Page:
BBC rapped over £100m building overspend
The BBC has wasted £100m — enough money to have employed Jonathan Ross on his widely criticised £6m annual salary for a further 16 years — by overspending on a refurbishment of Broadcasting House in London, which will now be completed in 2013, four years behind schedule.
The overspend was uncovered yesterday in a report by the National Audit Office (NAO) which found that the project, along with the building of two other BBC facilities in Salford and Glasgow, will cost a total of £2bn.
Amyas Morse, the head of the NAO, said: “The BBC let the Broadcasting House project run into serious difficulties before the governors and then the trust took action and the result is a four-year delay and a cost overrun of £100m.”
In its report, the NAO said: “The BBC is not well-placed to demonstrate value for money from the £2bn it has committed to spending on the three projects over their life.”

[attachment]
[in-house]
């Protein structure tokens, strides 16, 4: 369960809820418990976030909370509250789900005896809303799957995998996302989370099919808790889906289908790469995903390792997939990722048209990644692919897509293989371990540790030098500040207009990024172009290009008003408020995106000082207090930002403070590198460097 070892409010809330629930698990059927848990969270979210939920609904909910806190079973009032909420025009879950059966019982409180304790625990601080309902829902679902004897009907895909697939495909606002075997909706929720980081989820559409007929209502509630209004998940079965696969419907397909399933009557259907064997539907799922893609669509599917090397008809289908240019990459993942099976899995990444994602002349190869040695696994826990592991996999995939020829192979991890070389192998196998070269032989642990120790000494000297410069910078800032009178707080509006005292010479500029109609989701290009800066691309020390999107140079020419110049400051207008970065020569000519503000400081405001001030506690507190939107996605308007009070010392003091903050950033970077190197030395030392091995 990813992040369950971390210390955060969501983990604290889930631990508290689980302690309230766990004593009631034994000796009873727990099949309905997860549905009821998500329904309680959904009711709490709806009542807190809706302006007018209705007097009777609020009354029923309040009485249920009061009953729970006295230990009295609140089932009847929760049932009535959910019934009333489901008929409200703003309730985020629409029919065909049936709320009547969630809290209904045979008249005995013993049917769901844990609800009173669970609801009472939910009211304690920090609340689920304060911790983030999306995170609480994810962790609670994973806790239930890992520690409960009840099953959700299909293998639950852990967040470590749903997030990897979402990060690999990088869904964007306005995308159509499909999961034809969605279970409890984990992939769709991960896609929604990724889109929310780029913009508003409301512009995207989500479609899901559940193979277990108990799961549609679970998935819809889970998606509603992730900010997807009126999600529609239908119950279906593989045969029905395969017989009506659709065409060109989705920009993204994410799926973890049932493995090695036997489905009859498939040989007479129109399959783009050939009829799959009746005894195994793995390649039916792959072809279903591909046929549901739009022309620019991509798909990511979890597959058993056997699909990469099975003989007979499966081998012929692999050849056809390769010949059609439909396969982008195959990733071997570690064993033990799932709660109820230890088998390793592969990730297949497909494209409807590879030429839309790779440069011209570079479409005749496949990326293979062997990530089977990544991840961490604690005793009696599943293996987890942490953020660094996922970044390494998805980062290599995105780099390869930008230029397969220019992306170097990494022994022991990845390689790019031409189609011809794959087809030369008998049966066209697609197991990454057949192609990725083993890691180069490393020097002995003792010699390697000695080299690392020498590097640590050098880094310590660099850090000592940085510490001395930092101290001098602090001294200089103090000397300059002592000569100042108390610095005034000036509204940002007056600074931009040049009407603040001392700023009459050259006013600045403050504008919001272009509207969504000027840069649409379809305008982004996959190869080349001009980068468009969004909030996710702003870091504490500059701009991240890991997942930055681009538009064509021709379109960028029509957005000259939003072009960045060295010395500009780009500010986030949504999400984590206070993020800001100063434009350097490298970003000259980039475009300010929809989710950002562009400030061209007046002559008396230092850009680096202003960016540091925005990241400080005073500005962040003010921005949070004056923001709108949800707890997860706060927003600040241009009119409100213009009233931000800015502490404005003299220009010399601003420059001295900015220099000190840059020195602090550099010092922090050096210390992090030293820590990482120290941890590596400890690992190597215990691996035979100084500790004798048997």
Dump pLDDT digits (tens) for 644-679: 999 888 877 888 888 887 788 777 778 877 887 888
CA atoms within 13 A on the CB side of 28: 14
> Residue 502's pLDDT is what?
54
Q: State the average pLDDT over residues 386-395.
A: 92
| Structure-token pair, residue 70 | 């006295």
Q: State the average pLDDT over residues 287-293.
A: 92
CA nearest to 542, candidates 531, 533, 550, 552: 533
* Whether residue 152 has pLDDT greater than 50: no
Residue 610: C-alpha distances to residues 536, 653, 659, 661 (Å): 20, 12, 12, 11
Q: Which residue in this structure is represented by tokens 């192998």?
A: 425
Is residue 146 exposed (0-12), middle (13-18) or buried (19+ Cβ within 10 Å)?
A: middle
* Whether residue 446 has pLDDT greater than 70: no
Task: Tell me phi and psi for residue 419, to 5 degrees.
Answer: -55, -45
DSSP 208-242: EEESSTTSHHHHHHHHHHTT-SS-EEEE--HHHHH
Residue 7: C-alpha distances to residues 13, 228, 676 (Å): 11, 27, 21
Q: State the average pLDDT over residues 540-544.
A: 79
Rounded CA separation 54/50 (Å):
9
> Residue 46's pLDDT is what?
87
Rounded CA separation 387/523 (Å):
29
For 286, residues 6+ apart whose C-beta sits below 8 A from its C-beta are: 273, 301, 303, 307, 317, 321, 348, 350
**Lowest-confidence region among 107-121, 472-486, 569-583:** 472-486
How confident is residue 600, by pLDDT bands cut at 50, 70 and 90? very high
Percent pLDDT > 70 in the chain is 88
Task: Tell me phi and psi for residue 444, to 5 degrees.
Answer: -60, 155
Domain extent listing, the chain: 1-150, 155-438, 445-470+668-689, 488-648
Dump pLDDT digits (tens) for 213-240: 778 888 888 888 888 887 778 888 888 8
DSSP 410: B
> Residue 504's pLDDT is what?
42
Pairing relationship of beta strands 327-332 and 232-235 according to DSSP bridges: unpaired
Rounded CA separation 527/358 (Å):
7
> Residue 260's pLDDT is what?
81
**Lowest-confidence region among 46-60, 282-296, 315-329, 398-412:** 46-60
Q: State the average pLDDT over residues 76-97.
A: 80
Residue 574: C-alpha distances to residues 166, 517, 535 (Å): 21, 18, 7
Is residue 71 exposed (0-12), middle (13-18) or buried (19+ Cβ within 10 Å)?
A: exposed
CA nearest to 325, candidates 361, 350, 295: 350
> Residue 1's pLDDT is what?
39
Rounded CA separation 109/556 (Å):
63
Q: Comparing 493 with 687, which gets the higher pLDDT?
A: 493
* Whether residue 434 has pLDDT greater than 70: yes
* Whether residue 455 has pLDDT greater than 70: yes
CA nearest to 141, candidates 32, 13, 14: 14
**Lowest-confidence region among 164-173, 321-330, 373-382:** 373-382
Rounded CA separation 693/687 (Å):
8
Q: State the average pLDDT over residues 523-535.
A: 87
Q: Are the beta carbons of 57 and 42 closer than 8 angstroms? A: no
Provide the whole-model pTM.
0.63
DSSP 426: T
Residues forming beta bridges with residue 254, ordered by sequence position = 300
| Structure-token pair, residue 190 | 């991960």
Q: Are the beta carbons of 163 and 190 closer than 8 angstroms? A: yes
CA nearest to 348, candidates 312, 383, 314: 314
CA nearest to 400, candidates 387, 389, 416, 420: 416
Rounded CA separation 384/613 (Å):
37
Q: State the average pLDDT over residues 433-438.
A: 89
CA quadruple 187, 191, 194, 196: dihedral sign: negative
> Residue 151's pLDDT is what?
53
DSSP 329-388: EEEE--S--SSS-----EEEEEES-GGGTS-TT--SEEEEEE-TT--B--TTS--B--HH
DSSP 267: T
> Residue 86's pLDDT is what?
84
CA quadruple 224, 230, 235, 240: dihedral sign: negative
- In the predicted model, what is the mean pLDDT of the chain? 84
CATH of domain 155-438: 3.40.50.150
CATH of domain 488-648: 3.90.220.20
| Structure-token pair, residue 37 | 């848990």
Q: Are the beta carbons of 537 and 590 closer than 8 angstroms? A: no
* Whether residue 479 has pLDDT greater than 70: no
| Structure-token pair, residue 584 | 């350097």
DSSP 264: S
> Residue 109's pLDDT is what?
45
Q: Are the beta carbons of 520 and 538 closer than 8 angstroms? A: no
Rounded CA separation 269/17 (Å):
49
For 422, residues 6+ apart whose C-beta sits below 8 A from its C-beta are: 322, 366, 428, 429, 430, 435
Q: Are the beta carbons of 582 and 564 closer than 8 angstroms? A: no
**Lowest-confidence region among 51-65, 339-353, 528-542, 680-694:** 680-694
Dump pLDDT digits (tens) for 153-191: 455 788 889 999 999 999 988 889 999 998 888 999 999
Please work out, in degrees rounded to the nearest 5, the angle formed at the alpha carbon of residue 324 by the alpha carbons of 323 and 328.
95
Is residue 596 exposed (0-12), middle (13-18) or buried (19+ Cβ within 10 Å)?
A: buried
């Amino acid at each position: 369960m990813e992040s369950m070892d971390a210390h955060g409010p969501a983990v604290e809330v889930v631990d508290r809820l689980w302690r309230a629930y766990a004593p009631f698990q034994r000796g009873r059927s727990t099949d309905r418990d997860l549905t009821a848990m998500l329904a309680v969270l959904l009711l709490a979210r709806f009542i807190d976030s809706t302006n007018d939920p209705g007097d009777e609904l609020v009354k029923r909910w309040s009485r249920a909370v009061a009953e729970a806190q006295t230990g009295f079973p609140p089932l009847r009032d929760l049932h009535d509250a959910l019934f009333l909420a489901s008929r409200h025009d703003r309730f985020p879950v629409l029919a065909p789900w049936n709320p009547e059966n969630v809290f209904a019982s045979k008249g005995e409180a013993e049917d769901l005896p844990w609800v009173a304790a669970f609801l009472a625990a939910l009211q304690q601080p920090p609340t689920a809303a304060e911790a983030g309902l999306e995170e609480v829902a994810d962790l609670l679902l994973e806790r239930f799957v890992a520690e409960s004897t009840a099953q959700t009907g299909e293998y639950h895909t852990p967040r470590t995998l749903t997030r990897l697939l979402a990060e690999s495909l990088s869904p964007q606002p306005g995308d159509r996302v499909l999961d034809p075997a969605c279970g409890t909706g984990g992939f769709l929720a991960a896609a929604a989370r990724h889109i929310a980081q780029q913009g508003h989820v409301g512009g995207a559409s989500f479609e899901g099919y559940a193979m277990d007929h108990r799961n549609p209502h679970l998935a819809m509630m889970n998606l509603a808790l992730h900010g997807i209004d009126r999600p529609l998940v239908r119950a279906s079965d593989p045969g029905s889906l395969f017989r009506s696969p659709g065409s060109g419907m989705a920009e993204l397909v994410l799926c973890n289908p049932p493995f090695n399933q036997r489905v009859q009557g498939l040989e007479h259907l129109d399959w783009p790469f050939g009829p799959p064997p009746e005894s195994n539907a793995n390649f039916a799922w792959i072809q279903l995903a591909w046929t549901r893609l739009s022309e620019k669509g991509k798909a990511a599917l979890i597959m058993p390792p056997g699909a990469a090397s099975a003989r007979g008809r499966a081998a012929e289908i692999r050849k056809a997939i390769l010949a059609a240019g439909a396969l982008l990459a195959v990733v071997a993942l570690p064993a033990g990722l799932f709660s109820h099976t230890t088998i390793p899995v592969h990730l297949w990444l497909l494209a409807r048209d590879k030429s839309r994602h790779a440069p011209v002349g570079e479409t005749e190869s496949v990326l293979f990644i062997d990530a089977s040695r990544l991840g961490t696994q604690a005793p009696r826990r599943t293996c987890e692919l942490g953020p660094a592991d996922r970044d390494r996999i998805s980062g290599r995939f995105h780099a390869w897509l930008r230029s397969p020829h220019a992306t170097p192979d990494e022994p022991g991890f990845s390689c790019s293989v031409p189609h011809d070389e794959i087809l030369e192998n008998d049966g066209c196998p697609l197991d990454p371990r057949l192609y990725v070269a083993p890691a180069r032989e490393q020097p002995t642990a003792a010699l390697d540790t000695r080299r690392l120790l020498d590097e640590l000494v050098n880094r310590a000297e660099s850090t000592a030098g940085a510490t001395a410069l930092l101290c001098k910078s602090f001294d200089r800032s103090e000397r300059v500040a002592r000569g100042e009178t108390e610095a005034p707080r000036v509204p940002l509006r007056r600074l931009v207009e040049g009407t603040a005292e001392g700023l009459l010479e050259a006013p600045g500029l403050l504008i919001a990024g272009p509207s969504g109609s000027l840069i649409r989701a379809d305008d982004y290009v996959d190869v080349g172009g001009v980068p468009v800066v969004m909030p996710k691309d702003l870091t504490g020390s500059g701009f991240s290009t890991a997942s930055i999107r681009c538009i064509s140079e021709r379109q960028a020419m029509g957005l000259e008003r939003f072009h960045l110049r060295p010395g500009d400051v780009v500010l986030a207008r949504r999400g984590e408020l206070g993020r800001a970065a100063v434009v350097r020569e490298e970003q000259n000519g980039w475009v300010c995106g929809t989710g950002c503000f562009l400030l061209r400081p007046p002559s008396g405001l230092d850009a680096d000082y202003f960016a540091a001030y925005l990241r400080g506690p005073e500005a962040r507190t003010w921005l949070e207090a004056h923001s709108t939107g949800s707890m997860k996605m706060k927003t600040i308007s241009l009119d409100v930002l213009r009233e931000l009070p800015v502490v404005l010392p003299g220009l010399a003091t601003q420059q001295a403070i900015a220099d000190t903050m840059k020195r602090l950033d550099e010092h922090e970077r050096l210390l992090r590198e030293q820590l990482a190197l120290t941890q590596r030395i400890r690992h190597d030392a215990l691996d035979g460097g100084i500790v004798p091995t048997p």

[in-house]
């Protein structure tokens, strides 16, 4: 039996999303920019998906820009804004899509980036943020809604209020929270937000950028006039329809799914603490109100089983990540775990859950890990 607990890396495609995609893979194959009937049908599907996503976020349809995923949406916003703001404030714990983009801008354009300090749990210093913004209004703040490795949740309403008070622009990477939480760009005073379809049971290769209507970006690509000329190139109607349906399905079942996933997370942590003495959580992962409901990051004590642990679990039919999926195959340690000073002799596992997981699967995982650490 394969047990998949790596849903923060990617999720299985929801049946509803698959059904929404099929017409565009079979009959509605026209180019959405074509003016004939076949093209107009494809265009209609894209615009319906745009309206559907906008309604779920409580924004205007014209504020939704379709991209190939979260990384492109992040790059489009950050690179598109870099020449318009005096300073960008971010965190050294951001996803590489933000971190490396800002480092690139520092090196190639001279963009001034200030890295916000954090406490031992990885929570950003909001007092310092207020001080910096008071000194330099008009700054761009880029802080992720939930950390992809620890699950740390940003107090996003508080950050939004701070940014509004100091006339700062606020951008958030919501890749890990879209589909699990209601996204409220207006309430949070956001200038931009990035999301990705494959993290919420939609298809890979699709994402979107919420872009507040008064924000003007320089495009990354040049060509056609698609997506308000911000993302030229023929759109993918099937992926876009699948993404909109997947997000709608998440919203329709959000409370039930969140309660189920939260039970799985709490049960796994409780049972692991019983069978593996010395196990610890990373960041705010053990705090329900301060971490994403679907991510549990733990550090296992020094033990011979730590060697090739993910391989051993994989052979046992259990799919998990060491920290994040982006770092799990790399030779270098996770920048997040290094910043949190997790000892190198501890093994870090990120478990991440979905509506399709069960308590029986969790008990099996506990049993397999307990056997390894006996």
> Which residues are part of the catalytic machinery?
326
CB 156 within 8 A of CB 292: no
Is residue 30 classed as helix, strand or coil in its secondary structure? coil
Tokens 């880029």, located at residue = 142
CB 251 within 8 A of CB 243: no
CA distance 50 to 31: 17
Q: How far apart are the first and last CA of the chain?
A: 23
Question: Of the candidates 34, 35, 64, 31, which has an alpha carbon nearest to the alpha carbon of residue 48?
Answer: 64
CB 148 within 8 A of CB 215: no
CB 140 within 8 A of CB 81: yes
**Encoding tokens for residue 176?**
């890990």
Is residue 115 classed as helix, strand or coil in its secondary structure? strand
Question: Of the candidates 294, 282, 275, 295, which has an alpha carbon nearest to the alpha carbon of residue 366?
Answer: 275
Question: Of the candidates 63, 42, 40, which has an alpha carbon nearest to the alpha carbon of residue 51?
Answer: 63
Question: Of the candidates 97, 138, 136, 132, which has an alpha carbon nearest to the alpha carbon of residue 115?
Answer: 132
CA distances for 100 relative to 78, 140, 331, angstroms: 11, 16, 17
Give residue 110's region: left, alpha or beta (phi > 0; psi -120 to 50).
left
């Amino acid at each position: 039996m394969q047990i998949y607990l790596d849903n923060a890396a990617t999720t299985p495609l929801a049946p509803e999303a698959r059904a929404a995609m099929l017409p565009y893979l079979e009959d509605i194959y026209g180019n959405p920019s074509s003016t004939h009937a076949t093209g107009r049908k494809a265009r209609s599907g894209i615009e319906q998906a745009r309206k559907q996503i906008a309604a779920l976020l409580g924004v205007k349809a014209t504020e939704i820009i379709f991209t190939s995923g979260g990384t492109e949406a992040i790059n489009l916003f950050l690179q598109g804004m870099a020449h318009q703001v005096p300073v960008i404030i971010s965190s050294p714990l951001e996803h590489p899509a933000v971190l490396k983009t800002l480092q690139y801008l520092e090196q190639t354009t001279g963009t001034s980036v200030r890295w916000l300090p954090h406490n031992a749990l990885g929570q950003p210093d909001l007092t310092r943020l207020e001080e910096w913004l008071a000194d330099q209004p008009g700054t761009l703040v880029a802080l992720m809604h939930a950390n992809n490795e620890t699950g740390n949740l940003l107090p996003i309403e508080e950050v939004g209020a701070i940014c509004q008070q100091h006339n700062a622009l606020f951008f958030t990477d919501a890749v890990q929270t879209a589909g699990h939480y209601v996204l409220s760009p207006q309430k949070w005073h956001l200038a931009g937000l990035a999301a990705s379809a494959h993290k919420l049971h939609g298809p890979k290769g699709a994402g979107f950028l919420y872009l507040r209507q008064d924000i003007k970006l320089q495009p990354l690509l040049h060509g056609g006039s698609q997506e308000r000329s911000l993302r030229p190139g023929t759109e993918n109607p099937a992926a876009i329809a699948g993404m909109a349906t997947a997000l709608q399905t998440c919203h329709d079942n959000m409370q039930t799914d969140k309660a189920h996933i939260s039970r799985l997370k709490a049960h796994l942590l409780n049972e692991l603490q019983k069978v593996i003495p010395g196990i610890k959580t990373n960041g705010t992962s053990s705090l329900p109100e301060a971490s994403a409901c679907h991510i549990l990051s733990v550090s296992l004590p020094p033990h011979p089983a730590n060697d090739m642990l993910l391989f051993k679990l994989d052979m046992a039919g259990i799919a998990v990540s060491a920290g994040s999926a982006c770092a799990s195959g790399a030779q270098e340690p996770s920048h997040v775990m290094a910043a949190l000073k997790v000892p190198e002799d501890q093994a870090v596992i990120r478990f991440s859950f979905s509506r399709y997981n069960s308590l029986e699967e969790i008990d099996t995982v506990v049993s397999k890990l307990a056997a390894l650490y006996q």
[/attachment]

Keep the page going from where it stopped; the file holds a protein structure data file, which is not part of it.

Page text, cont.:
The report puts pressure on the corporation at a time when the BBC director general Mark Thompson is conducting a review of its services and political and commercial opponents are questioning the amount of money it receives from the licence fee.
The redevelopment of the Broadcasting House building in London's Portland Place will now cost £1.05bn, £55m more than originally approved. Delays to the work have incurred a further £52m in unplanned costs.
The new headquarters for BBC Scotland at Pacific Quay in Glasgow will now cost £188m, rather than the originally planned £126m.
Mr Morse added that “for future major projects, the BBC needs to make sure that investment decisions are based on a full assessment of the scope and cost of the project”.
The Salford Quays project, which will contain five BBC departments including BBC Sport and the radio network Five Live, is expected to cost £76m less than the budgeted £877m when it is completed late next year.
Responding to the report, Jeremy Peat, of the BBC Trust, the corporation's governing body, said: “Serious mistakes were made in the first phase of the Broadcasting House project. Licence fee-payers were let down.”